Broadcasting Legislation Amendment (Television and Radio Licence Fees) Bill 2016

 

Mr STEPHEN JONES (Whitlam) (12:07): Labor supports the Broadcasting Legislation Amendment (Television and Radio Licence Fees) Bill 2016. Let us go through some of the context regarding the current state of Australia's media industry. Broadcasting, through radio or television, is regulated to some degree. The spectrum that broadcasting uses is a public resource, and it is sought after for a lot of purposes. The spectrum used to broadcast television and radio programs, if auctioned off today, would yield an enormous financial gain for the people of Australia.

Following the switch from analog to digital television in 2012-13, the ACMA was able to reallocate spectrum and conduct an auction of some of the newly available spectrum, which gives us a sense of the value of the spectrum that this bill contends with today. The resulting auction back in 2012 saw the spectrum yield $1.96 billion to the coffers of the Australian people.

Government's role is to ensure that regulation achieves a public interest within the operations of commercial and media market dynamics. It is important to strike the right balance and to take action where necessary. There is no doubt that there is a fundamental shift in our media landscape. The member for Fairfax has just spoken about it, and the shadow minister spoke about it in her address-in-reply. The challenges faced by Australia's media companies here and around the world are well known. The availability of news and information through online media has changed the structures of the industry and is creating significant disruption to existing business models.

It is often the case with disruption to industry—in this case, our traditional television broadcasters—that they do not see the changes coming or the consequences for their industries. Our media industry is in the midst of this disruption with the expansion of subscription, video on demand and over-the-top streaming services like Netflix, to name just one. Our media viewing and consumption habits are also changing. While TV remains the dominant source of news in Australian households, the number of consumers watching free to air commercial TV has fallen a massive 15 per cent since 2008 alone. This is due partly to the growth of subscription and on-demand services, such as Quickflix, Presto, Stan and Netflix, according to a recent ACMA report, Digital Australians: expectations about media content in a converging media environment. It said that from 2011 watching free to air TV still represents the largest share of our TV consumption at around 59 per cent of average time spent watching TV or video content. Watching online content, such as catch-up TV or other free online video content, via a subscription service or a pay per view content now accounts for 16 per cent of time spent viewing TV.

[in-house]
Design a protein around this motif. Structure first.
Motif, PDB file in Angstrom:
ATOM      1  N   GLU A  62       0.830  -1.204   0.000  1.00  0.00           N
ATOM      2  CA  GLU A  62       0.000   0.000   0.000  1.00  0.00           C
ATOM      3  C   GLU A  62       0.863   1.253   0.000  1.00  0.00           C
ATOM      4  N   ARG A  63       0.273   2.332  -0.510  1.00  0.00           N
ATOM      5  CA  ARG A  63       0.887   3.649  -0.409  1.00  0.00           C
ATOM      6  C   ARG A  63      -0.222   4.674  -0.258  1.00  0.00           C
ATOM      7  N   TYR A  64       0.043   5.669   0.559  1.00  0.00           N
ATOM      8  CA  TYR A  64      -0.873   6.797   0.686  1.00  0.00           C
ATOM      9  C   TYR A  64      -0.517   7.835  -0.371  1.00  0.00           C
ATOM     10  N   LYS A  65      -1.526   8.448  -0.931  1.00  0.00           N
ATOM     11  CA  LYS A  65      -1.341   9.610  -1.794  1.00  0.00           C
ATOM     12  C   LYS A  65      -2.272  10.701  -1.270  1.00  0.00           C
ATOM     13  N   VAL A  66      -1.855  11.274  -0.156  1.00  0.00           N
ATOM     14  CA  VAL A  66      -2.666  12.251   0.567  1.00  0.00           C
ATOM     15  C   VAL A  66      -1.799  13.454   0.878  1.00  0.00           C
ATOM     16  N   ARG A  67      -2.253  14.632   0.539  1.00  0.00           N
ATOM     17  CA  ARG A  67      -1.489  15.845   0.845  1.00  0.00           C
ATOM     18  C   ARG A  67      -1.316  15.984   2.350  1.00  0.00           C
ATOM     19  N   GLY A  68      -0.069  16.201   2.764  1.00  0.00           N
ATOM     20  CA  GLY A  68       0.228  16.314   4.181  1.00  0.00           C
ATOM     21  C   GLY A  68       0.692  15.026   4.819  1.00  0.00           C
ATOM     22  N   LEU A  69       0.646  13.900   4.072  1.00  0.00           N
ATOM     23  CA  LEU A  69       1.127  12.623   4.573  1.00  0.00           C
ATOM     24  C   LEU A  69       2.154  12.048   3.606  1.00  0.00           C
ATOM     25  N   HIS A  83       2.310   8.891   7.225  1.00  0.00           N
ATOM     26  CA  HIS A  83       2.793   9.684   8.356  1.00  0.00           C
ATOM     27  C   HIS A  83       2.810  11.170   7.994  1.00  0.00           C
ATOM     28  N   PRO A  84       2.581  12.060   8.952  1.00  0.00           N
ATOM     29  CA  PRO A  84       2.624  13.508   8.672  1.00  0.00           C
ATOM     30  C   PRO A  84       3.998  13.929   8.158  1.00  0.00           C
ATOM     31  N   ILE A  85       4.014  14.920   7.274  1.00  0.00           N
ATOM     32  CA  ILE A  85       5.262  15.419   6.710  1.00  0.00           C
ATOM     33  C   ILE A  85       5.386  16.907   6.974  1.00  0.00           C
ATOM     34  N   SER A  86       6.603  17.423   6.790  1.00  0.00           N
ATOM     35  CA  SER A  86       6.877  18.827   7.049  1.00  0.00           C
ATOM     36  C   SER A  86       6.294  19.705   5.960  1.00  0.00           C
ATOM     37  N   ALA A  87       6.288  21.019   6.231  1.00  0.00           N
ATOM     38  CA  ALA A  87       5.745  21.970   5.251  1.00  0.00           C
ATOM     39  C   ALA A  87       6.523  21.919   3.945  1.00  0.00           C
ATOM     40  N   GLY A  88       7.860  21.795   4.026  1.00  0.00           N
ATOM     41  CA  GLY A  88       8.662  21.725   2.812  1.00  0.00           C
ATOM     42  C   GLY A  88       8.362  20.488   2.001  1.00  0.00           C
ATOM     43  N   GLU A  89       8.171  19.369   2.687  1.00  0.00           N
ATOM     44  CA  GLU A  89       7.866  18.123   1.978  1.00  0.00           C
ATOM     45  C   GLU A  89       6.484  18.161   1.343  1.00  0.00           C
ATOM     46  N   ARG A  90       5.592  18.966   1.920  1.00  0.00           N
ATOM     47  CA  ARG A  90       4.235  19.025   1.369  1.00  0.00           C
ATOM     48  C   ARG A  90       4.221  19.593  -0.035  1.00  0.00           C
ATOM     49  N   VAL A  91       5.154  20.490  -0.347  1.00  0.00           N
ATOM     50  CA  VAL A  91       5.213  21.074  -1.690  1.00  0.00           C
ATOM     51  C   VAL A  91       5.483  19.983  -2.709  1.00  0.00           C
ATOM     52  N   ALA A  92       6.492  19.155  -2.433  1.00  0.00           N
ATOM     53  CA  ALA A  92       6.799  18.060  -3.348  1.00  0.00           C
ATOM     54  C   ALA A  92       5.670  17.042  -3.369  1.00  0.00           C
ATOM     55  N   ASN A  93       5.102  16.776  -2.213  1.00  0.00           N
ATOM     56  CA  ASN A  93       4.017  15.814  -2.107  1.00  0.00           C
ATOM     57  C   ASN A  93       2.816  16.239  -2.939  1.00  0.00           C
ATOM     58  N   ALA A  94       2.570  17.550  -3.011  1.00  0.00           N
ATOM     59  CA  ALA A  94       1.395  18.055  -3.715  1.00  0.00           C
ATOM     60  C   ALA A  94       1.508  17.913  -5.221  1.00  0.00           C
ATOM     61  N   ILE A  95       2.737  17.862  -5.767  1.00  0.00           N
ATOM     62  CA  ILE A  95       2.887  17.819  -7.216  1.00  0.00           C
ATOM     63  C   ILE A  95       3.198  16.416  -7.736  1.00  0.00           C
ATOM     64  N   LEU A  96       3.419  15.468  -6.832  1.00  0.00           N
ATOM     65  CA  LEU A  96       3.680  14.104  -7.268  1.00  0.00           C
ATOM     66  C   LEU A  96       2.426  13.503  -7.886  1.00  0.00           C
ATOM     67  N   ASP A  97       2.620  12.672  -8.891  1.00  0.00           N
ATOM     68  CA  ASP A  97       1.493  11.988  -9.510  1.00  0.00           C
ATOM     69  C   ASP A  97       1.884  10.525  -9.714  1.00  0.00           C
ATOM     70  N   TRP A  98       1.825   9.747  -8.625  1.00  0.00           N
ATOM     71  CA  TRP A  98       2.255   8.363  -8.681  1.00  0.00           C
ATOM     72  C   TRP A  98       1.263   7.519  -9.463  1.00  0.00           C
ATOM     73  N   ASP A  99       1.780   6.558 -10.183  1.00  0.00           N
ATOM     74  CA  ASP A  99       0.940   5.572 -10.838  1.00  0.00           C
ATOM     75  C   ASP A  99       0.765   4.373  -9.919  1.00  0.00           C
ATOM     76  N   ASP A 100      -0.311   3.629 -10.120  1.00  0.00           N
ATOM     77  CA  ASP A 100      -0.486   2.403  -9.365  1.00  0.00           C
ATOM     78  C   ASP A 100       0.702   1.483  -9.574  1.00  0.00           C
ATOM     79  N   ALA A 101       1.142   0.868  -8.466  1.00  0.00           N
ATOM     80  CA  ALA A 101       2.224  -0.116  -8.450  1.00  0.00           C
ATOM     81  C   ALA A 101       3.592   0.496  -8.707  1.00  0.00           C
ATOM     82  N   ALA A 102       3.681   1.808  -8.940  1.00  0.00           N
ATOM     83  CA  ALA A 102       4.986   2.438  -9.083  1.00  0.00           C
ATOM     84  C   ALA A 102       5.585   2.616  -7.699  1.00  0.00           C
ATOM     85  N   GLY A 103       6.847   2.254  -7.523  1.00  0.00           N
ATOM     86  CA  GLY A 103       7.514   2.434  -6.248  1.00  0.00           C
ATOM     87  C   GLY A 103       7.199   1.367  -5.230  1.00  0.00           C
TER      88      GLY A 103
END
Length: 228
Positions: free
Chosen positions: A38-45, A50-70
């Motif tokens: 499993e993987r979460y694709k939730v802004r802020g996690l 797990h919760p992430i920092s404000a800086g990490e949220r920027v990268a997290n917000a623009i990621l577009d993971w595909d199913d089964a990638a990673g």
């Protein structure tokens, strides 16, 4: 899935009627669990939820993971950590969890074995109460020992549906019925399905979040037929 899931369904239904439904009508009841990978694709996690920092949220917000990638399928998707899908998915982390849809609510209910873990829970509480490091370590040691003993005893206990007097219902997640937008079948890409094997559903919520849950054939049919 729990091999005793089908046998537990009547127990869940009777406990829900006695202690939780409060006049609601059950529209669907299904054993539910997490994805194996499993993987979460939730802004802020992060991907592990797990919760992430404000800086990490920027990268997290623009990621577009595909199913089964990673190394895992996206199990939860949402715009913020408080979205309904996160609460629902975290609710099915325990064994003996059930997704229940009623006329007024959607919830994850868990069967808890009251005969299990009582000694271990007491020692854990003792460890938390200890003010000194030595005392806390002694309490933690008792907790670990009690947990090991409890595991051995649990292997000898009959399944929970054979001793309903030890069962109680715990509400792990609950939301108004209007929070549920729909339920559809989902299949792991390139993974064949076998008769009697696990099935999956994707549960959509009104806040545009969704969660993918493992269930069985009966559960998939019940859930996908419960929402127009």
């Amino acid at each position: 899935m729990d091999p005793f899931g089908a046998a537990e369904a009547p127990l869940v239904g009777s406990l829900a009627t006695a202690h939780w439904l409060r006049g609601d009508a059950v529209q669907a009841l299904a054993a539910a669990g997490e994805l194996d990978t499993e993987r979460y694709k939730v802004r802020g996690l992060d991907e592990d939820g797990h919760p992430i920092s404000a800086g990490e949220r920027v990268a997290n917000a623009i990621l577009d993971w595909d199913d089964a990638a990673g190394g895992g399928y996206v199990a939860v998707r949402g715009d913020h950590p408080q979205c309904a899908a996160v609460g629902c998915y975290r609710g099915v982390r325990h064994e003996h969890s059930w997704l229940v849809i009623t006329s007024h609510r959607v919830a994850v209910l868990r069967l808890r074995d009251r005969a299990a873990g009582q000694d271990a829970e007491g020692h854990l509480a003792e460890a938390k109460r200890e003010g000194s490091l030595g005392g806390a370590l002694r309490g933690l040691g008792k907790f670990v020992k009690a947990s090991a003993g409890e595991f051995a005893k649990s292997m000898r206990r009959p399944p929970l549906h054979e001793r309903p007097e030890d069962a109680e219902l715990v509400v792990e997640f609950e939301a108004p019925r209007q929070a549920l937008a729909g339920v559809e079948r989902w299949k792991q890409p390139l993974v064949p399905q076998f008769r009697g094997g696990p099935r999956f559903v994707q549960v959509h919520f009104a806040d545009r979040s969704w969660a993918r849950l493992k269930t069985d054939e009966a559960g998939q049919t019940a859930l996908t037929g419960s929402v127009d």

In February 2016 Roy Morgan research reported that more than one in seven Australians now watch no commercial television or normal weekday television at all. That is twice the number in 2008. Seven years ago only 6.9 per cent of Australians over the age of 14 did not watch any commercial television on a normal weekday, and there was very little difference between age groups. Since then the proportion of Australians who do not watch any commercial television has doubled.

We can see from these statistics that consumption patterns are changing, and they are changing rapidly. While we may still sit down together to watch the evening news as a family, it is also increasingly the case that we access these news services via our mobile phones, a tablet or some other online device. With 11 million Facebook users and nine million YouTube users, over half of all Australians have reported using online and social media as a news source. We can see that we cannot stand still as regulators blind to the fact that as the environment is changing very rapidly around us so must the regulatory environment. It is worth noting that there are new streaming and audio providers, such as Apple Music, which was launched in 2015 to join audio apps such as Spotify and Pandora, which have also rapidly changed the way we consume audio media.

The tax avoidance practices of many of these multimedia broadcasting services do need to be investigated. Google, for example, makes around $2 billion in advertising revenue in Australia but avoids paying tax in Australia by shifting this revenue to an offshore entity through Singapore to Google Asia Pacific. Labor would like to see some more action from the Turnbull government to address this issue of multinational tax avoidance. The so-called digital information revolution is creating some winners and some losers, and many are focused merely on surviving. Our traditional media companies are in this category. The maelstrom is the only reason this House should consider the bill today, which implements a 25 per cent reduction in the annual licence fees payable by the commercial radio and television free to air broadcasters. This change in the environment is the only reason we should be considering this bill today. Television broadcasting licensing fees are levied on gross revenue, and this measure in the bill will reduce the levy from 4.5 per cent to 3.375 per cent. I understand that many within the industry would like to see the licensing fees go altogether, but I remind the House that these are the fees that the industry pays for access to valuable spectrum.

We should continue to engage with the industry over what reforms are necessary. There have been a number of proposals put by the industry, quite forcefully, about the need for changes in the regulatory environment, regulations that were set up in an entirely different environment. These matters are not before the House but they are a part of the context which the Labor opposition is considering when offering its support for the legislation before the House.